enormous painting (12 by 15 feet!) is a stupendous orgy of violence. The last Assyrian king, reclining on a couch, impassively contemplates the holocaust of jewels, naked women, slaves and horses piled up on what will be his funeral pyre. Finally, in 1831, with Liberty Leading the People, his iconic celebration of the Revolution of 1830, Delacroix produced his most enduringly popular work. But it was considered inflammatory; the government of Louis-Philippe, that acquired it, kept it out of public view. Napoléon III also suppressed the work. Liberty, personified as a young woman, her breasts bared, holds aloft the tricolor flag in her right hand and a rifle in the left as she boldly strides forward, leading the rebellious citizens over the barricade. In 1886, when the Third Republic was well established in France, and Delacroix’s painting back on public view, another artist was commissioned to create an allegory of Liberty. Bartholdi’s monumental statue, a gift from France to the United States, is demurely draped and stands quite still with her right arm raised. She holds a torch in place of a banner, and, in her left hand, not a gun, but a book. The paintings of his youth are the ones that made Delacroix famous, -- they are also the ones that, due to their large scale, could not be included in the Met version of the exhibition (organized in collaboration with the Louvre where it was seen last season). This is a gaping hole that nothing really fills. However, by good fortune, the masterpiece that greets us near the middle of the show offers compensation. Algerian Women in their Apartment (1834) may be the artist’s greatest and most enigmatic work. It takes us far from the clamor and the strife into a hushed, feminine precinct where three women sit quietly beside a hookah on the floor of a luxurious, dimly lit space. A fourth woman, a black servant, turns back towards them before leaving the room. The trance-like gaze of the woman who reclines in the foreground suggests she is lost in some interior dream or vision, reminding us of 83 | MetMagNY.com | 25AMagazine.com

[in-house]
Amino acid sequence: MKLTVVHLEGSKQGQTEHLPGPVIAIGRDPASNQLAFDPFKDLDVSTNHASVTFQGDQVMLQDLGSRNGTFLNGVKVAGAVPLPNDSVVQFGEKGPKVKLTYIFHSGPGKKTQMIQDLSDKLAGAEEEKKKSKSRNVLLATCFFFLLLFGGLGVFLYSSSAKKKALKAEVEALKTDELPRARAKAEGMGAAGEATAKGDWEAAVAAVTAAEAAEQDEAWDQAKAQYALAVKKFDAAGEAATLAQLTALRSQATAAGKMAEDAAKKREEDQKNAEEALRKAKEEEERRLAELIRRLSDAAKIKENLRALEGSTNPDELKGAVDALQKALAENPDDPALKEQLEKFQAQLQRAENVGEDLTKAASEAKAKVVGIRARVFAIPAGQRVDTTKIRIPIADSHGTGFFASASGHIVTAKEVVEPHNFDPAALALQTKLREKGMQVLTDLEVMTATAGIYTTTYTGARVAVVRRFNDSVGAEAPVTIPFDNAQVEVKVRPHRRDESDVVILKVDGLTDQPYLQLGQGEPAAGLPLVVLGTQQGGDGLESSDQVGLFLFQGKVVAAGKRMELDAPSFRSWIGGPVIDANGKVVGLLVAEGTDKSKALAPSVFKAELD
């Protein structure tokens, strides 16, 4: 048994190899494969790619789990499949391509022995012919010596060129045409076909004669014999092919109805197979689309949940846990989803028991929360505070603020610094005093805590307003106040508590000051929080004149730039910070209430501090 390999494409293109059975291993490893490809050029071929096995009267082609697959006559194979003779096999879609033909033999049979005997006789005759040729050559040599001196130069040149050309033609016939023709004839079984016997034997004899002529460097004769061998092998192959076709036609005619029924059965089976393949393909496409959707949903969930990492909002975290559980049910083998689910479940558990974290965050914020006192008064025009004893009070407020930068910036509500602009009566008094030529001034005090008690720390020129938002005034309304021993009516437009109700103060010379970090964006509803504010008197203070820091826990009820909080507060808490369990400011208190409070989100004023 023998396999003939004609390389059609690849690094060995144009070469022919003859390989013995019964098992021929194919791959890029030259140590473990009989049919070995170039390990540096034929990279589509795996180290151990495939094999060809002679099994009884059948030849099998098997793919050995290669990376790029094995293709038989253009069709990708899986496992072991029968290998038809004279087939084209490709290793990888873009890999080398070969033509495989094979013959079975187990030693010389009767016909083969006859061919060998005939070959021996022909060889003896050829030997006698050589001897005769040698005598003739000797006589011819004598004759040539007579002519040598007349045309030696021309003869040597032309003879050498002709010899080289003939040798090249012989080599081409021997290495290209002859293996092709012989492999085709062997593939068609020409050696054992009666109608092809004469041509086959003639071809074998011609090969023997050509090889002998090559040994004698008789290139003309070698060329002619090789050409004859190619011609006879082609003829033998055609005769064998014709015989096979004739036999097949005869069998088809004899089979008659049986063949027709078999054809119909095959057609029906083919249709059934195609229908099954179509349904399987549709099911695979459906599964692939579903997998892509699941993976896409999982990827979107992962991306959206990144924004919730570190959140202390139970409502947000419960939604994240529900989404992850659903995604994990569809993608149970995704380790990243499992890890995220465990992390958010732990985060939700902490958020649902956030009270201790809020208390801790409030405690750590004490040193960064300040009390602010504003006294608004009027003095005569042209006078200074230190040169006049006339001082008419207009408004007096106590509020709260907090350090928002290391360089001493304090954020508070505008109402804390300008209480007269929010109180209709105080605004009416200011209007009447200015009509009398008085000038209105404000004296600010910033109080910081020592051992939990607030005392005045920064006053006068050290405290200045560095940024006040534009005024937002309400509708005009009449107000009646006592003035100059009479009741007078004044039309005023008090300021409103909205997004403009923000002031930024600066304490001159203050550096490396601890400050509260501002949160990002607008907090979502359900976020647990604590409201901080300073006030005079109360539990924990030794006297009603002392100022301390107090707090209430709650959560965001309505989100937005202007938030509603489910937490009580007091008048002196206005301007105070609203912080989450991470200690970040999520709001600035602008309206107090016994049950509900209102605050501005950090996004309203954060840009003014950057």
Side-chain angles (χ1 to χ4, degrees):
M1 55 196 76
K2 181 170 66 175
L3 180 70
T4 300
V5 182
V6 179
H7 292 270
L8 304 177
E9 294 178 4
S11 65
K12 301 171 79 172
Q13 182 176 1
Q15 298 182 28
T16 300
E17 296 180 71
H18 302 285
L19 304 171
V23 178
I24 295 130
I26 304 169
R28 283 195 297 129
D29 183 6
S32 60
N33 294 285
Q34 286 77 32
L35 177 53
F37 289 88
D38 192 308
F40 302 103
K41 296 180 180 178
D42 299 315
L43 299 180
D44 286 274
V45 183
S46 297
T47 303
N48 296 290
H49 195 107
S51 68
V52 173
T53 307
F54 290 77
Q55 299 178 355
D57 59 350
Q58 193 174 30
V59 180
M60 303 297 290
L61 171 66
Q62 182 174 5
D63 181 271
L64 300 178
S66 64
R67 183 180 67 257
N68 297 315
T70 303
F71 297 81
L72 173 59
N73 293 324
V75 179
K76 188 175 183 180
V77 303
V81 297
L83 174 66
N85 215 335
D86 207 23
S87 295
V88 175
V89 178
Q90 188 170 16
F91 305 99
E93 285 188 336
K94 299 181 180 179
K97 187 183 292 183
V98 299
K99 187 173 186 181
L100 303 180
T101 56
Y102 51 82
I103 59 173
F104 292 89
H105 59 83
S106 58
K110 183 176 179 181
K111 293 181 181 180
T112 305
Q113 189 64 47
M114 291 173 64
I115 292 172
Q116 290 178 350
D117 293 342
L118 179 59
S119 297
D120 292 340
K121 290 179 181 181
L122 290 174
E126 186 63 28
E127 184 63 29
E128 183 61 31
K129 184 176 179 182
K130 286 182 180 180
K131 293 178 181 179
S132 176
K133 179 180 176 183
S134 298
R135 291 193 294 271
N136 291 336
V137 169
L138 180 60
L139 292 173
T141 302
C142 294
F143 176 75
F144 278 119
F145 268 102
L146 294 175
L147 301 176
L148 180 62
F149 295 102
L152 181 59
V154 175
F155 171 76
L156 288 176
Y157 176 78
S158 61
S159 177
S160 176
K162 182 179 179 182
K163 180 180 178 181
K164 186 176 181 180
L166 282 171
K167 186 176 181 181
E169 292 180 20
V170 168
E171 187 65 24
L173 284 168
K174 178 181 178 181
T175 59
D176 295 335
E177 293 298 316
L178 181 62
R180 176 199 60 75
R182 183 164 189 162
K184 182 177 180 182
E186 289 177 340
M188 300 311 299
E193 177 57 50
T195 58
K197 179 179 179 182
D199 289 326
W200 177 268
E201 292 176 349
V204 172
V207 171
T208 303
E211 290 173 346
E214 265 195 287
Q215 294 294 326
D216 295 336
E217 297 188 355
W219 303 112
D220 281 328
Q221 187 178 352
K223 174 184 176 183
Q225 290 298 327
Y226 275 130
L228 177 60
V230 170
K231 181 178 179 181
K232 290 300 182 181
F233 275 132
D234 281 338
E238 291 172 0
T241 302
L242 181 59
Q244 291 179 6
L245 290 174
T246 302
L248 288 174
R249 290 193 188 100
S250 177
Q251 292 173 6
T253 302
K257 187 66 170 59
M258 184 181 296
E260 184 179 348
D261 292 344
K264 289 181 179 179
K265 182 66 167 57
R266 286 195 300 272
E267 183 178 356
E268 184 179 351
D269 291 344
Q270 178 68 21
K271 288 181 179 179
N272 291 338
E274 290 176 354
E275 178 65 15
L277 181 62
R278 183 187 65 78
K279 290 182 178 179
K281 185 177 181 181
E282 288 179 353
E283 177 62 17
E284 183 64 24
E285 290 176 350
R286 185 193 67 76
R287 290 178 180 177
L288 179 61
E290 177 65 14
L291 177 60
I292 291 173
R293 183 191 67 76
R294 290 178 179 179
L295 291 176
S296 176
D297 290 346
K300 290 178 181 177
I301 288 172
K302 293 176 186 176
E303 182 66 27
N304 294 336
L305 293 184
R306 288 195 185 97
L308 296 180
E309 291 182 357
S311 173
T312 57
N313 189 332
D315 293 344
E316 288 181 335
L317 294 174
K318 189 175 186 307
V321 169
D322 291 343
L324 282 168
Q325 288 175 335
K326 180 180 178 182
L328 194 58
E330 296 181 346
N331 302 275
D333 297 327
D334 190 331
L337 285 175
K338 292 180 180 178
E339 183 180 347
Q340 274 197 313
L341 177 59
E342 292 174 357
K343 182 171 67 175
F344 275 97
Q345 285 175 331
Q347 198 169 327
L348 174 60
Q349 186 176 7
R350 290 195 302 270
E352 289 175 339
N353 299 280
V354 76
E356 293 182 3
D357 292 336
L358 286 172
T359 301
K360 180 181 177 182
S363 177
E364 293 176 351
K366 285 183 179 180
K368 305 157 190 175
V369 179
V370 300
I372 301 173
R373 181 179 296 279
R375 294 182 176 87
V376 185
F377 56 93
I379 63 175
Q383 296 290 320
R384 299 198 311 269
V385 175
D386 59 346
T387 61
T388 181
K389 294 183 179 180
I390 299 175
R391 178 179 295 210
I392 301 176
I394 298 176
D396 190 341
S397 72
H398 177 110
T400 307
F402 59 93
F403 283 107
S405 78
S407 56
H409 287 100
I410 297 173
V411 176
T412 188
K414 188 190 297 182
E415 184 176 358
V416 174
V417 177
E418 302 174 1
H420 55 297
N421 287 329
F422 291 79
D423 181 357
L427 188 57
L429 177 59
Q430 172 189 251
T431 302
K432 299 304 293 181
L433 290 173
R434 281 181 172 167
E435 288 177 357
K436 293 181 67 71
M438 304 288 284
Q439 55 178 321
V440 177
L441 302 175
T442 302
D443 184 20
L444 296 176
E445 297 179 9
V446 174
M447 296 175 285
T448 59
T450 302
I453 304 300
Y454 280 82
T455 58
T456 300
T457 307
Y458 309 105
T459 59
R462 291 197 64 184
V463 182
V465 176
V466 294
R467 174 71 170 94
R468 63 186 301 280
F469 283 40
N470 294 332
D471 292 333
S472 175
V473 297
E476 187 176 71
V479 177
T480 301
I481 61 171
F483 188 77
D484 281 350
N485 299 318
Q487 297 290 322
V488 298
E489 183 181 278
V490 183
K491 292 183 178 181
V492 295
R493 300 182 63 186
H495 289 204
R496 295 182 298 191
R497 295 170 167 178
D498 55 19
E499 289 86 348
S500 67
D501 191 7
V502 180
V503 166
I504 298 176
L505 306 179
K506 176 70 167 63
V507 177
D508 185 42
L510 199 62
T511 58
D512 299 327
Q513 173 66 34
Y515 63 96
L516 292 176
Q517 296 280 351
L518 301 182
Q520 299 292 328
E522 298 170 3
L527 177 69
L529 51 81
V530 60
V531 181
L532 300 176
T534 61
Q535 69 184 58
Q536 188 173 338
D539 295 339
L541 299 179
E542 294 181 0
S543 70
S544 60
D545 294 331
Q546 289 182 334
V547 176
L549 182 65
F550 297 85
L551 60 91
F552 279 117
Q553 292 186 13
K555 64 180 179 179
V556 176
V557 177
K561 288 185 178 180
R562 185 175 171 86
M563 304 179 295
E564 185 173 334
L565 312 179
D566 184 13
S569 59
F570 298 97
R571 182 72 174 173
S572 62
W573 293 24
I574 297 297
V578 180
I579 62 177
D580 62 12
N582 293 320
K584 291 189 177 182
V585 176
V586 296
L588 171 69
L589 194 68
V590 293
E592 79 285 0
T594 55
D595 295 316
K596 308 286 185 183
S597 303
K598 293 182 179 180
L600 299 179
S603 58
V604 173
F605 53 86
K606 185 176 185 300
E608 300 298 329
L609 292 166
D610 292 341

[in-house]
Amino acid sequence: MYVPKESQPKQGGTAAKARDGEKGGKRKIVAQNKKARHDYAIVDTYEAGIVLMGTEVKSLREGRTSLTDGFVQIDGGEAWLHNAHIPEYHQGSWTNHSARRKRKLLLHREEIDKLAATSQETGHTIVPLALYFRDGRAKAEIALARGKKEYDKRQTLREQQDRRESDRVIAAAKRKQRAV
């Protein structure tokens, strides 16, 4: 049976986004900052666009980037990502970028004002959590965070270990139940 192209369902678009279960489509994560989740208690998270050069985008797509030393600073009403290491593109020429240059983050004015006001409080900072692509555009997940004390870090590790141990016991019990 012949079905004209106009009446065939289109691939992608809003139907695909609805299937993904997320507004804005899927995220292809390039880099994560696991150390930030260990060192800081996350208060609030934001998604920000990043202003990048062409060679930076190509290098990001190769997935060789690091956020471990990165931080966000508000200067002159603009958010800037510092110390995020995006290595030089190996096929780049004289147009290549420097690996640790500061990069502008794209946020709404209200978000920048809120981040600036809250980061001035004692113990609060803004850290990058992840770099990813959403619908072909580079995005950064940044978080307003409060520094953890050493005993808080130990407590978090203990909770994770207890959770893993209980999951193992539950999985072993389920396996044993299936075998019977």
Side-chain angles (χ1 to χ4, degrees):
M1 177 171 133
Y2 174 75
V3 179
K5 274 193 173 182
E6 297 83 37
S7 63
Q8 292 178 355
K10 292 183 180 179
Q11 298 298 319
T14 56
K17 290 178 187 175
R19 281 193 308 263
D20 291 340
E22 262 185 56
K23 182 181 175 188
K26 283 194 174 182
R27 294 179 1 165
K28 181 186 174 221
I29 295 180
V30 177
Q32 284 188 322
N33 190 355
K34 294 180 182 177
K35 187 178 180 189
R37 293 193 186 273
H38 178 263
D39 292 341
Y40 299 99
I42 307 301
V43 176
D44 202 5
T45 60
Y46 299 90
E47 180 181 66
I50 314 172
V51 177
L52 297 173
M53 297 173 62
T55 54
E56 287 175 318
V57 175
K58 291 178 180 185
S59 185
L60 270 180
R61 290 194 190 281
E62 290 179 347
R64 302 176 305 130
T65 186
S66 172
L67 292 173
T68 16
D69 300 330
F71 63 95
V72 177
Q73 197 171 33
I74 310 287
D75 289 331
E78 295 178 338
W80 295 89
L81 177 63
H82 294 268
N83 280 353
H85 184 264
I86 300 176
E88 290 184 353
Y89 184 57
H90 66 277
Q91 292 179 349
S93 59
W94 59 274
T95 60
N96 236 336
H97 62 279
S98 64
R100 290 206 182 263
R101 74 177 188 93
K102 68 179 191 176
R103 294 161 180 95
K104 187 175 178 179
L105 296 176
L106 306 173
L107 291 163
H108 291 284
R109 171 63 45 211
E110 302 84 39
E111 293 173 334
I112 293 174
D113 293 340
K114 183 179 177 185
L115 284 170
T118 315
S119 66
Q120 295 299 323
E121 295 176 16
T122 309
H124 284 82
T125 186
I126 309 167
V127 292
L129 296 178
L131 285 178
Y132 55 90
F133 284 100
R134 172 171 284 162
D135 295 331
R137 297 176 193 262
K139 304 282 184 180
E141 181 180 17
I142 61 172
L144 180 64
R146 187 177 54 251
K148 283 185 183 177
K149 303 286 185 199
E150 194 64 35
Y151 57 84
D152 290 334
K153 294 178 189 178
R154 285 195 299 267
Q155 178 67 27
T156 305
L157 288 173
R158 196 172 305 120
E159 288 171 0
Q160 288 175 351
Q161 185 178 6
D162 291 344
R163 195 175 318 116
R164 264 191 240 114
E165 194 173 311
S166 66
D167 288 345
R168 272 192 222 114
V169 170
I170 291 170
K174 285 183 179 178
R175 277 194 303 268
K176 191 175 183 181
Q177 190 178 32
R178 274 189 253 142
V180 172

Sardanapalus. Picasso painted many variants of this picture. Perhaps, he felt that these women were predecessors of his Demoiselles d’Avignon. If so, we sense that the Algerian women, unlike the Avignonnaises, care nothing for the spectator. After contemplating this wonderful picture, we should seek out the room from Damascus in the Islamic wing of the Met where we can experience for ourselves some of the timeless serenity that Delacroix captured so unforgettably. The mature years of Delacroix’s career are, paradoxically, the least well known. The authors of the exhibition catalogue justly emphasize the influence of the great public commissions that Delacroix received for decorations in the library of the Senate, the Hôtel de Ville, a chapel at Saint Sulpice, and the Galerie d’Apollon at the Louvre. To execute these prestigious, large-scale works, the artist looked to the masters: Michelangelo, Veronese, and, especially, Rubens. At a time when numerous artists had begun to focus on minor genres, particularly landscape, Delacroix was loyal to the traditional noble genre of history painting and to its exalted subjects. His dramatic painting of Medea, in which the furious mother prepares to kill her two squirming infants, vies with works by Rubens, Rembrandt or Caravaggio. Delacroix, who despised triviality, contemptuously rejected the premise of Realism. Even his still life paintings are grandly overabundant, great explosions of colorful blossoms that evoke a palatial park, not a cottage garden. The stupefying example in the Met’s own collection was Delacroix’s entry in the salon in 1848. Was it intended as a pointed proclamation of disillusion by the painter of Liberty? We leave this majestic exhibition full of admiration for an artist determined to pursue an ideal of grandeur in a prosaic century. Delacroix was the exemplary Romantic artist, but also the last Old Master.
Metropolitan Museum of Art, 1000 Fifth Avenue September 17, 2018 - January 6, 2019
Featuring Katrina Campins.